LANguard S.E.L.M. adds a number of tools (many of which are MMC-based) for managing and monitoring alerts and their settings. These include:

LANguard S.E.L.M. Configurator - used to configure program alerts, rules, and settings.
LANguard S.E.L.M. Event Viewer - used to view categorized events, similar to Event Viewer but in a more organized fashion.
LANguard S.E.L.M. Reporter - used to build standard or custom reports that outline the result of security log analysis.
LANguard S.E.L.M. Troubleshooter - a wizard that can be used to provide GFI with information on issues you are experiencing with the product, to be forwarded in an e-mail to GFI.

Additionally, the LANguard S.E.L.M. Monitor tool sits in the system tray, providing information about the security log collection process on domain computers. Since Event logs from different systems will have to be retrieved by the system where the database resides, you can also specify how often this happens for individual (or groups of) computers. For example, on critical or high-risk servers you might specify that real-time monitoring take place every 5 seconds. On lower risk computers, you might specify that log collection occur every six hours. Striking a balance here is important, since monitoring too aggressively may impact performance. This is yet another reason why you should characterize network systems prior to installation. The screenshot below outlines the monitoring settings for one of my domain controllers.

In order to account for the different levels of security monitoring required on domain systems, LANguard S.E.L.M. allows you to define the security level of individual systems, and set defaults. For example, you could configure things such that individual servers have a medium security setting by default, while domain controllers or critical servers are set to high. You can later use these settings to define which types of events are considered critical for a given system type.

Another important feature is the ability to define what is known as Normal Operation Time (N.O.T). This tells LANguard S.E.L.M. which times are considered normal business hours. This feature provides an even more granular level of control over how alerts are defined - for example, a failed logon event during business hours might be considered a medium security threat, and a high (or even critical) security event after hours. The ability to control what is considered critical (and when) is part of what makes LANguard S.E.L.M. such a powerful tool.

All this talk of configuration and customization might have you a bit frightened. The good news is that by default, the program has already grouped important security events into categories based on their potential to represent threats. So, even if you're not sure what you want LANguard S.E.L.M. to tell you when starting out, the default settings handle the most common requirements smoothly. For advanced users, the ability to customize which events are monitored and how they are characterized provides maximum flexibility. The screenshot below outline the process of defining a custom event rule.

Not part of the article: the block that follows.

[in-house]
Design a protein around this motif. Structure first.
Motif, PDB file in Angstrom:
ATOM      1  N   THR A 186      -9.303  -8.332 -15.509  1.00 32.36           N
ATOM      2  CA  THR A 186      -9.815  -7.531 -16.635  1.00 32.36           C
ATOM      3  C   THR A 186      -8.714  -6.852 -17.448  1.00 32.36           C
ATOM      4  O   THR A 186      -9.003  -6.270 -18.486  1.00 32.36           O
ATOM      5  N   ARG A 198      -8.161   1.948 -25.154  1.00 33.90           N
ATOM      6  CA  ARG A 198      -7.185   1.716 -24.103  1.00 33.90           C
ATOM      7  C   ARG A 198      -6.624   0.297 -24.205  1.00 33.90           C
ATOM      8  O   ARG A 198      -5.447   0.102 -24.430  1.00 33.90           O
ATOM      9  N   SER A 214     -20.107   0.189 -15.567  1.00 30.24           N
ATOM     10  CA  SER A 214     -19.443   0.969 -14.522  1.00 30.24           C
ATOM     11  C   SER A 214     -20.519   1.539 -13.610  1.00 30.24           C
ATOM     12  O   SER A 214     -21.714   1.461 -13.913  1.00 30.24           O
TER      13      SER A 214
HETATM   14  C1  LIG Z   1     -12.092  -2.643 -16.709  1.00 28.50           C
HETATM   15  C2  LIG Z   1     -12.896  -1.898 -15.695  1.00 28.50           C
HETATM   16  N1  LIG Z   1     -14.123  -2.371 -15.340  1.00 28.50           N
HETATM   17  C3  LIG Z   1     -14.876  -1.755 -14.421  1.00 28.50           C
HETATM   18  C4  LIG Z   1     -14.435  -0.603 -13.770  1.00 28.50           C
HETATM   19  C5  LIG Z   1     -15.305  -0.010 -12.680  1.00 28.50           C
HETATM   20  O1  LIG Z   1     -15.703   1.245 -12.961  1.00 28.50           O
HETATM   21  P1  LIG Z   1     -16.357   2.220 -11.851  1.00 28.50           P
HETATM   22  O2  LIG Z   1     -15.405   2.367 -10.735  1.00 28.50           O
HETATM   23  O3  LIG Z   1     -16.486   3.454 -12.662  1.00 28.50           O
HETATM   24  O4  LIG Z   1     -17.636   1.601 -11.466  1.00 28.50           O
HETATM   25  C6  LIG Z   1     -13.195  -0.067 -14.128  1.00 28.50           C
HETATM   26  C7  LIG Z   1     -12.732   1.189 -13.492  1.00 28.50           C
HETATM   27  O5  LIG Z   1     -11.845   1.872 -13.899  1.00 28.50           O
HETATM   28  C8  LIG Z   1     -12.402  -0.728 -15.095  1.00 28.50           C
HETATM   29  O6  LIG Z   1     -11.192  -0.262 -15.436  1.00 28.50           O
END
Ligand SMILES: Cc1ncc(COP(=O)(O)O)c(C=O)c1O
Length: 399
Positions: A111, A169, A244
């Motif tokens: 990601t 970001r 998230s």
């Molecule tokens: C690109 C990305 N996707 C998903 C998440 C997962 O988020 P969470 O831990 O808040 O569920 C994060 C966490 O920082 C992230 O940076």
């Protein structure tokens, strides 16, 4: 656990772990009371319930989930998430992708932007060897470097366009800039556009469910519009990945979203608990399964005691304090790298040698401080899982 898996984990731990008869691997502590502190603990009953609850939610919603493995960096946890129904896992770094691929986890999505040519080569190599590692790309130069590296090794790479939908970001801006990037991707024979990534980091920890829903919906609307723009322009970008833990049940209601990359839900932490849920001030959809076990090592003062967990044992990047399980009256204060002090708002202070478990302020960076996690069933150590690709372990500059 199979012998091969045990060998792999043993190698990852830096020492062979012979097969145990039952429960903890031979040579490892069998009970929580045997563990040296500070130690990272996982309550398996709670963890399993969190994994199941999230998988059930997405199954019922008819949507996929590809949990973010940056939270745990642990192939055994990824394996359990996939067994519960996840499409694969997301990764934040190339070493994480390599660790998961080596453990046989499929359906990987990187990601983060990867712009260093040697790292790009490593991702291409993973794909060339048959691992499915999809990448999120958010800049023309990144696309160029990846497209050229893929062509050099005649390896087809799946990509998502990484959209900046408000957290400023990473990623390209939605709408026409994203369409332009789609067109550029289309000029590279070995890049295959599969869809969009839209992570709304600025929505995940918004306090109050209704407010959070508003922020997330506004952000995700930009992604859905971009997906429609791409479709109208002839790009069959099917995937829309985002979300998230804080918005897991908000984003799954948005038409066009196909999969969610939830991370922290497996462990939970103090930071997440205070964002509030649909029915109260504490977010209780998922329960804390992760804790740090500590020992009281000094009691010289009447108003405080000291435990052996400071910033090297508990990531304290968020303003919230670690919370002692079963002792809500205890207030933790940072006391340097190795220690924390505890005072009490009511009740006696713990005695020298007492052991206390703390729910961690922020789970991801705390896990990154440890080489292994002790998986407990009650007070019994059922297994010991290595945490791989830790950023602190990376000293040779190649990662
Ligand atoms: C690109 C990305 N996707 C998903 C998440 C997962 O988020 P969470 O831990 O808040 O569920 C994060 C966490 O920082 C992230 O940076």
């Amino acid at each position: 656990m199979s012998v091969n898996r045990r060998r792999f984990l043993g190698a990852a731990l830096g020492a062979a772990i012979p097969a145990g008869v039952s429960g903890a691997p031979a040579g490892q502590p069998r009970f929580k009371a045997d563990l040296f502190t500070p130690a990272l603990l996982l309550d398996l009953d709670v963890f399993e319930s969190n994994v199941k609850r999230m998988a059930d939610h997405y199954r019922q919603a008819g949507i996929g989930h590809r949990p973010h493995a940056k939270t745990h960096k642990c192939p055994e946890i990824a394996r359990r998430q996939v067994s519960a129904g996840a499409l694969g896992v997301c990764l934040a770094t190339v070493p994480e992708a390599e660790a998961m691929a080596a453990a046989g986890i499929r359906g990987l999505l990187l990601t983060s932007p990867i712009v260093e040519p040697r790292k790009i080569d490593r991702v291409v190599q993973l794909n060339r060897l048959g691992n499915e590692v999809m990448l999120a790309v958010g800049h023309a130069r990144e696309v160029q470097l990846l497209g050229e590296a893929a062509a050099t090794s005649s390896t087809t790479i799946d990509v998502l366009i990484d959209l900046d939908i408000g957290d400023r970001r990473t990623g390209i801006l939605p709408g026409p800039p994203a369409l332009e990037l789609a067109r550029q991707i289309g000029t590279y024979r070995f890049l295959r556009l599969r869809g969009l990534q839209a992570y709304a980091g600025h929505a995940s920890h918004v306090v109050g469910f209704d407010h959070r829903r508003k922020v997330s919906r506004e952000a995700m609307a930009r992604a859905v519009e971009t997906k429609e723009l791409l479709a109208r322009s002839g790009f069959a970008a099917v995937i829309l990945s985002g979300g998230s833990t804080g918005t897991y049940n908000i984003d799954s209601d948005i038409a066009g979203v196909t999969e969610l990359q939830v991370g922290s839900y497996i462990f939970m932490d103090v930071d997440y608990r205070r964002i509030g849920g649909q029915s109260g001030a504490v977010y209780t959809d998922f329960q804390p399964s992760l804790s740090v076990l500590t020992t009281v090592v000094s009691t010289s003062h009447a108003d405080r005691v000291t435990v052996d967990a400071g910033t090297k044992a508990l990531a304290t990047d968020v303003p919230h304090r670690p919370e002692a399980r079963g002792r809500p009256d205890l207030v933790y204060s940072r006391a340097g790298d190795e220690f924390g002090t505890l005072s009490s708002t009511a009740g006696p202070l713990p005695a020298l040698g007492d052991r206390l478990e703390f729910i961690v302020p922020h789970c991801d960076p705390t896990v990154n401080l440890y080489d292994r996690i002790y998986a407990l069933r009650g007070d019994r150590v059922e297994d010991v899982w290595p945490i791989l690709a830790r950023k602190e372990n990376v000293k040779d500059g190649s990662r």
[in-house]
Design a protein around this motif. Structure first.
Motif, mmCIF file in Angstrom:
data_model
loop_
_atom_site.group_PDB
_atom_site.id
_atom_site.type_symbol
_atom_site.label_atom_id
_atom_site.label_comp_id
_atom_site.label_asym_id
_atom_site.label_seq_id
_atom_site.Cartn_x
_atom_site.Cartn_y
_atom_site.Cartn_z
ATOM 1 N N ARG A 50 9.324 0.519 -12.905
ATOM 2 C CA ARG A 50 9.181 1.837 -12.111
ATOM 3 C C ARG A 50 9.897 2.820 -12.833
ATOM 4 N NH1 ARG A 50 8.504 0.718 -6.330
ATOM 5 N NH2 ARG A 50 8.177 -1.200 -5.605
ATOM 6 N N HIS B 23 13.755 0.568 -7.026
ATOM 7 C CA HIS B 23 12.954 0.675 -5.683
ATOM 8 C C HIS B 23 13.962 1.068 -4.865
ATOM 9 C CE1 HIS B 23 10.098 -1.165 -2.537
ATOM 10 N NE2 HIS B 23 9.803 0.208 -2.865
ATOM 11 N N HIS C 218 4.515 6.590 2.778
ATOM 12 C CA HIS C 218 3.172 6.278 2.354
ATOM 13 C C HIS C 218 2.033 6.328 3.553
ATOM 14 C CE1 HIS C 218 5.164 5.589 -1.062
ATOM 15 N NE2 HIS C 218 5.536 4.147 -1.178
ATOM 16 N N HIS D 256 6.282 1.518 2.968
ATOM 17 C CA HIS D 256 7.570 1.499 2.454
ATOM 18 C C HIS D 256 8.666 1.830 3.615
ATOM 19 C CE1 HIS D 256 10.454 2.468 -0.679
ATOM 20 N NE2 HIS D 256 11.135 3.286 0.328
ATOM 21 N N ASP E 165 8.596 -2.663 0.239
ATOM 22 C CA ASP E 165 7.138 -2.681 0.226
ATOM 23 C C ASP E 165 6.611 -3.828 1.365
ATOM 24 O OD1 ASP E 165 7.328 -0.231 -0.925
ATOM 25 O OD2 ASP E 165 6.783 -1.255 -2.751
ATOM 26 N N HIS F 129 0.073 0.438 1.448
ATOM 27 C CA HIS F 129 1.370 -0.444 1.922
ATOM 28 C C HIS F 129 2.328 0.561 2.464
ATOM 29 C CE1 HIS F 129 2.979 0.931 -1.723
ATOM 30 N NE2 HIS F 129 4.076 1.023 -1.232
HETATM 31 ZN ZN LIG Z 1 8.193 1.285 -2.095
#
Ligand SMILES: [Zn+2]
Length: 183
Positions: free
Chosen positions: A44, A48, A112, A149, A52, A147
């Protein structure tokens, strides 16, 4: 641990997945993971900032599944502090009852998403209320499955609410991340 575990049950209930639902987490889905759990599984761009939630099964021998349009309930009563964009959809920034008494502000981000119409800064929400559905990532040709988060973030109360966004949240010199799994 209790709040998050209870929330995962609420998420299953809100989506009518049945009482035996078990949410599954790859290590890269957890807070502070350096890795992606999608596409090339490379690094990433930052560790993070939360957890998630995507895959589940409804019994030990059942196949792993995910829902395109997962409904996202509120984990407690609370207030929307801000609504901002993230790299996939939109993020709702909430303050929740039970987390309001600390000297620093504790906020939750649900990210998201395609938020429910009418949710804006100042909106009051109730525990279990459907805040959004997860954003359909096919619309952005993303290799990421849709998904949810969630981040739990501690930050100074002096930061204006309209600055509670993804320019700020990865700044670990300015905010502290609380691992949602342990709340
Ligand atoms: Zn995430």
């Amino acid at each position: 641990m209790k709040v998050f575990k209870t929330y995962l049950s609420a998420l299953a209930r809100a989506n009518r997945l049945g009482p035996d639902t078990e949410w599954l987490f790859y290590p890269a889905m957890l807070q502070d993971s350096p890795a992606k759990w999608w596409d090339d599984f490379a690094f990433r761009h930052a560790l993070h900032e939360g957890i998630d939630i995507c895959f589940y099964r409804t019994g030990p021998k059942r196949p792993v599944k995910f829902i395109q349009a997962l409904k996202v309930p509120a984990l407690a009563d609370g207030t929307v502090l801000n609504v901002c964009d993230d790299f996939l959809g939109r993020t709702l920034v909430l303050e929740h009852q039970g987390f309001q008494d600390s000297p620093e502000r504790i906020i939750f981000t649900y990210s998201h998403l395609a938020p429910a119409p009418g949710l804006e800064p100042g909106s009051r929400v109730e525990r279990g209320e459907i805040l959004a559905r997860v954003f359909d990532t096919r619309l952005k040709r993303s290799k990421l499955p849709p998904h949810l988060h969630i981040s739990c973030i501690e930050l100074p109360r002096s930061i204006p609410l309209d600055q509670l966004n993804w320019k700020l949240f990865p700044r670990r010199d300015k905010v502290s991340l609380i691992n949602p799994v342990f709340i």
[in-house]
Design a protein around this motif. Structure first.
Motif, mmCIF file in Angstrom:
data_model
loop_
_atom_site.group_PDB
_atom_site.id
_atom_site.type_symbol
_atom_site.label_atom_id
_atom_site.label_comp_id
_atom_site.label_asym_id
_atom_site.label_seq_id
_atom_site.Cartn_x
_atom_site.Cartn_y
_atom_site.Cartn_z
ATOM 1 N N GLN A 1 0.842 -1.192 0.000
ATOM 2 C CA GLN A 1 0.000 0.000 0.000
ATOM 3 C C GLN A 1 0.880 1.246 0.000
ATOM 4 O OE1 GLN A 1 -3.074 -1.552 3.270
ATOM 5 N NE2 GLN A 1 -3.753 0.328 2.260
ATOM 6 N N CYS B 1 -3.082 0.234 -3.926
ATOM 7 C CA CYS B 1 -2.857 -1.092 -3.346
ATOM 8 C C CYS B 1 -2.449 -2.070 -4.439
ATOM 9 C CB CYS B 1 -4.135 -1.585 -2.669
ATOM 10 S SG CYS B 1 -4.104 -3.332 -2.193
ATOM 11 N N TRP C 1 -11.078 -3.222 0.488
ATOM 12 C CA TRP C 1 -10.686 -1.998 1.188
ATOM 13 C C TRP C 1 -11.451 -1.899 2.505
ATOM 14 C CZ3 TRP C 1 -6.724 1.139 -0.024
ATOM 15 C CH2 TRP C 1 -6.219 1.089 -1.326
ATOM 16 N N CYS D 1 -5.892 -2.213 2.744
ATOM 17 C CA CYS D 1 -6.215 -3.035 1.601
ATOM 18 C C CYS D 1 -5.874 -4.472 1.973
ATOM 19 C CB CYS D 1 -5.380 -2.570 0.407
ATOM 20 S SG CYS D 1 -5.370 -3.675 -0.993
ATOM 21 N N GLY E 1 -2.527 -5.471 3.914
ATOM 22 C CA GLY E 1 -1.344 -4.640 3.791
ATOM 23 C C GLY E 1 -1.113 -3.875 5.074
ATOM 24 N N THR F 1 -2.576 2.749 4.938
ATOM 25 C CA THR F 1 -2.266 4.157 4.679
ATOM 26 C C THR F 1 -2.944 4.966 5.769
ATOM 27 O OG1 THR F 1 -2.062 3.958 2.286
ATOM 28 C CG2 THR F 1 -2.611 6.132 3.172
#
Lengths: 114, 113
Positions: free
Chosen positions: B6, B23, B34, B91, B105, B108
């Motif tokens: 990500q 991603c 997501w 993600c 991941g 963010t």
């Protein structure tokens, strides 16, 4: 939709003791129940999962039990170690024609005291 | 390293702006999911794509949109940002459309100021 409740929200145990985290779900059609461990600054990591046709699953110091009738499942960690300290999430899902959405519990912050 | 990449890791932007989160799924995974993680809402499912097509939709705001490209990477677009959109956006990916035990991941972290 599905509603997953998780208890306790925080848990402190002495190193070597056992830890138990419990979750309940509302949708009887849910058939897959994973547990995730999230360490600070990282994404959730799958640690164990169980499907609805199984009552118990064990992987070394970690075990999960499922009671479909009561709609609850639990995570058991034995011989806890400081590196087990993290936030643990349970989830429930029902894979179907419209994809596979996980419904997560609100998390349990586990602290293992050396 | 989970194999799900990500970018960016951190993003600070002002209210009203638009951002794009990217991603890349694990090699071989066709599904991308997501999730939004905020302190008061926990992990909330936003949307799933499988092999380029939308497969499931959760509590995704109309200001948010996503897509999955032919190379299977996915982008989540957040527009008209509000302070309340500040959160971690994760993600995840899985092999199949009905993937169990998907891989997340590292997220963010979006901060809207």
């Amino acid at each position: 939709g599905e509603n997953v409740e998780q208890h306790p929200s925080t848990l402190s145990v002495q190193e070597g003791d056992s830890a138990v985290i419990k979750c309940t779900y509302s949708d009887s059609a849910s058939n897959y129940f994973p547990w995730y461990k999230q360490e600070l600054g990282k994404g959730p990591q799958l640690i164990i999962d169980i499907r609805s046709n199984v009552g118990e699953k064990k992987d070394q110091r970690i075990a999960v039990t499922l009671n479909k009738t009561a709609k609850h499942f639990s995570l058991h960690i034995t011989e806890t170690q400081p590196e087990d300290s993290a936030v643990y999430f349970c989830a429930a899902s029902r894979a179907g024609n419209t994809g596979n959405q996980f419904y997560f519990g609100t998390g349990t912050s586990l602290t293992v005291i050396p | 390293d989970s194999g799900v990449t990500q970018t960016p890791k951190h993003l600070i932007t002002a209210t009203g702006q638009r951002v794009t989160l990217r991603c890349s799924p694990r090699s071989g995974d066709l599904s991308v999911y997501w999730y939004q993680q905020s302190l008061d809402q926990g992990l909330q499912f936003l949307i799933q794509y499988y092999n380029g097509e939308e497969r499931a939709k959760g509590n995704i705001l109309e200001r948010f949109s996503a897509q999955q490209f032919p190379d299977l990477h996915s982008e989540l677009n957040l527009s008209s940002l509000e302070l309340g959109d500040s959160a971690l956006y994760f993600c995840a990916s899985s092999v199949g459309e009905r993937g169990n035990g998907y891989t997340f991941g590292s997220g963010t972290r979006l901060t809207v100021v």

As far as event monitoring is concerned, the LANguard S.E.L.M. Event Viewer makes things easy. While the standard Event Viewer included with Windows 2000 adds all security alerts to a single log file on each individual machine, LANguard S.E.L.M. Event Viewer instead categorizes alerts according to how critical they are, as shown below.

Remember that even though the defaults work well, you have the ability to define exactly how critical an event is considered to be. For example, Event 529 (bad username/password) is classified as a medium security event on a low security PC outside of Normal Operation Time by default (as shown below). If you want, you can easily change this setting to a high or even critical event - whatever best meets the needs of your environment.

Taken a step further, you also control when you are contacted by e-mail (this is configured for critical alerts only by default). However, you can again define which types of events you wish to be contacted about. Remember that receiving too many e-mail alerts may lead you to start ignoring them, so be careful with the events that you decide to define as critical or worthy of having an e-mail sent.

The last major feature of LANguard S.E.L.M. is certainly my favorite - its ability to produce clear and insightful reports quickly an easily. For those of you with managers looking for detailed information on network security, this will truly make your life easier. Not only are the most common reports predefined, but you can also define custom reports to be built from the information stored in the database. For example, the screenshot below outlines the Reporter interface:

The reports shown are actually templates - once you right click and choose Generate, you'll be presented with the completed report. Not only can the reports be printed easily, they can also be exported to common formats including RTF, CSV, Crystal Reports, and others.

LANguard S.E.L.M. has many additional features that I haven't covered here - advanced filtering capabilities, the ability to backup the database to ensure optimal performance, and more. If you're serious about monitoring security on your network, you should take a look at LANguard S.E.L.M. Not only will the product reduce the amount of administrative effort required to manage and monitor event security, it will also give you the peace of mind of knowing that you'll be able to respond to critical incidents in a timely fashion. GFI offers a free trial version of LANguard S.E.L.M. for download. Given the time and effort (and subsequently dollars) that companies spend trying to ensure a cohesive security strategy, LANguard S.E.L.M. represents a practical and cost-effective solution.